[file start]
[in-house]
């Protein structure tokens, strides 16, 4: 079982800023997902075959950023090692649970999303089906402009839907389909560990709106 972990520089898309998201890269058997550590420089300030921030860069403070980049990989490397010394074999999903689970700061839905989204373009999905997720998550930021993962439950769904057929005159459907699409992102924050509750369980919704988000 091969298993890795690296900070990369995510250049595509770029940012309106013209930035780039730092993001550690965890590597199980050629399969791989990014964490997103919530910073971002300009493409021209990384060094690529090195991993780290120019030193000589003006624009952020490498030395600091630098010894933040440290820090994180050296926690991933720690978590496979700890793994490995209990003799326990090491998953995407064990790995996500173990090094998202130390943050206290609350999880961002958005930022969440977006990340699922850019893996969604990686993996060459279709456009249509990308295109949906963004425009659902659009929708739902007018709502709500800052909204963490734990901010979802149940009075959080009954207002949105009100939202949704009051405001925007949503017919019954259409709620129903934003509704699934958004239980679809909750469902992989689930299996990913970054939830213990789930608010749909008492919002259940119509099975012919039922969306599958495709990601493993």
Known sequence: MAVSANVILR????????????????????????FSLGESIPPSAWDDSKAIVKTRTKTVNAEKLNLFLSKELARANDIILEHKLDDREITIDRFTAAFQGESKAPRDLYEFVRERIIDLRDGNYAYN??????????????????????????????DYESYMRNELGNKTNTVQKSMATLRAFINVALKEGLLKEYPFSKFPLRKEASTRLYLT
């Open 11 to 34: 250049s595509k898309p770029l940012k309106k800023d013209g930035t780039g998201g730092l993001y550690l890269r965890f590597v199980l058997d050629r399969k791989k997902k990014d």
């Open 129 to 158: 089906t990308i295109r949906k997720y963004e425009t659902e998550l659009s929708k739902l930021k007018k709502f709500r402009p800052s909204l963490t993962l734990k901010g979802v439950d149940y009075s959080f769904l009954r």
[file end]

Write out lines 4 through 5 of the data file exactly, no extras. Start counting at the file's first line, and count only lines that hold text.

């Open 11 to 34: 250049s595509k898309p770029l940012k309106k800023d013209g930035t780039g998201g730092l993001y550690l890269r965890f590597v199980l058997d050629r399969k791989k997902k990014d």
């Open 129 to 158: 089906t990308i295109r949906k997720y963004e425009t659902e998550l659009s929708k739902l930021k007018k709502f709500r402009p800052s909204l963490t993962l734990k901010g979802v439950d149940y009075s959080f769904l009954r």